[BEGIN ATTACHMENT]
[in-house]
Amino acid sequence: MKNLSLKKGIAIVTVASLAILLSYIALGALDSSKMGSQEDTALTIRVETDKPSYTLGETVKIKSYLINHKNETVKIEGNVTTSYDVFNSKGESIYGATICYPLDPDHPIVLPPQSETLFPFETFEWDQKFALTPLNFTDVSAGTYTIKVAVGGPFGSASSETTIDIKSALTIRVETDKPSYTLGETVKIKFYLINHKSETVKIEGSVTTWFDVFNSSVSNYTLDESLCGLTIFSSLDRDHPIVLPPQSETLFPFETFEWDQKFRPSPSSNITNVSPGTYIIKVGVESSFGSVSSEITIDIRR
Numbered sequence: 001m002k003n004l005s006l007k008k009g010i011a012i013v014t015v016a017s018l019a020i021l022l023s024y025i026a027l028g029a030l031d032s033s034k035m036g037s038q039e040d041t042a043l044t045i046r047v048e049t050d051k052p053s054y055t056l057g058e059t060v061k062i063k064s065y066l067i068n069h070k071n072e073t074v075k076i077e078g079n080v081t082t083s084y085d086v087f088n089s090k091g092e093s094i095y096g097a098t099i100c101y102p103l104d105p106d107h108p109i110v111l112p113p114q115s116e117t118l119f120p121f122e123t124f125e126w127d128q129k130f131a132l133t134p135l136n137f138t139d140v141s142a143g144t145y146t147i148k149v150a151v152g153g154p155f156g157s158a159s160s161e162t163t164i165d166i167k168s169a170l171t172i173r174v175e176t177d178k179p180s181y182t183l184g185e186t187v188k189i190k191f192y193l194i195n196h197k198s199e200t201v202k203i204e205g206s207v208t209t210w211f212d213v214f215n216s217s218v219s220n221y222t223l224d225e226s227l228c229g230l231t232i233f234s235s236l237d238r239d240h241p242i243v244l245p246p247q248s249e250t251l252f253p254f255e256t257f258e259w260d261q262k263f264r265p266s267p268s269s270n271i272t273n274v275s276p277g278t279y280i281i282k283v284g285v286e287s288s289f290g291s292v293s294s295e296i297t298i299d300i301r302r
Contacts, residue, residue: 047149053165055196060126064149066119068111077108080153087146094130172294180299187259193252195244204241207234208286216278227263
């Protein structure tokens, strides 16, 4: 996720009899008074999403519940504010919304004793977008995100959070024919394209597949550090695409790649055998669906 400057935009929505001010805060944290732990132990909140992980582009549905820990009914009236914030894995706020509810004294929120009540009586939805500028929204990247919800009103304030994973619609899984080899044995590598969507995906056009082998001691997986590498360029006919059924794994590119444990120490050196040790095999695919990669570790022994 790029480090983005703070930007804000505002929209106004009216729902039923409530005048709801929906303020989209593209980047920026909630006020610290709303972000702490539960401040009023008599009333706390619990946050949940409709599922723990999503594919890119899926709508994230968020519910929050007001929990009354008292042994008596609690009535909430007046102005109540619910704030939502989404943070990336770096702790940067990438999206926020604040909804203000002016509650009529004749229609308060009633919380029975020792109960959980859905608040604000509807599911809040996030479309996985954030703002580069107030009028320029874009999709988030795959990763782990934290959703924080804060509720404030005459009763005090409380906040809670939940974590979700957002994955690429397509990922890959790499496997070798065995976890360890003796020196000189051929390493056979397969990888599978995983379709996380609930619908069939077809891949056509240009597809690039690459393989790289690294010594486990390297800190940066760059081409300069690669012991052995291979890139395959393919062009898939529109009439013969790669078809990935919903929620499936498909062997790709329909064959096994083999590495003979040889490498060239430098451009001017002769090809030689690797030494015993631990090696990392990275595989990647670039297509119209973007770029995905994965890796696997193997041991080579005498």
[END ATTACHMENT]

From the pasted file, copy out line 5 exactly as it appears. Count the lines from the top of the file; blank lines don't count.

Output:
């Protein structure tokens, strides 16, 4: 996720009899008074999403519940504010919304004793977008995100959070024919394209597949550090695409790649055998669906 400057935009929505001010805060944290732990132990909140992980582009549905820990009914009236914030894995706020509810004294929120009540009586939805500028929204990247919800009103304030994973619609899984080899044995590598969507995906056009082998001691997986590498360029006919059924794994590119444990120490050196040790095999695919990669570790022994 790029480090983005703070930007804000505002929209106004009216729902039923409530005048709801929906303020989209593209980047920026909630006020610290709303972000702490539960401040009023008599009333706390619990946050949940409709599922723990999503594919890119899926709508994230968020519910929050007001929990009354008292042994008596609690009535909430007046102005109540619910704030939502989404943070990336770096702790940067990438999206926020604040909804203000002016509650009529004749229609308060009633919380029975020792109960959980859905608040604000509807599911809040996030479309996985954030703002580069107030009028320029874009999709988030795959990763782990934290959703924080804060509720404030005459009763005090409380906040809670939940974590979700957002994955690429397509990922890959790499496997070798065995976890360890003796020196000189051929390493056979397969990888599978995983379709996380609930619908069939077809891949056509240009597809690039690459393989790289690294010594486990390297800190940066760059081409300069690669012991052995291979890139395959393919062009898939529109009439013969790669078809990935919903929620499936498909062997790709329909064959096994083999590495003979040889490498060239430098451009001017002769090809030689690797030494015993631990090696990392990275595989990647670039297509119209973007770029995905994965890796696997193997041991080579005498």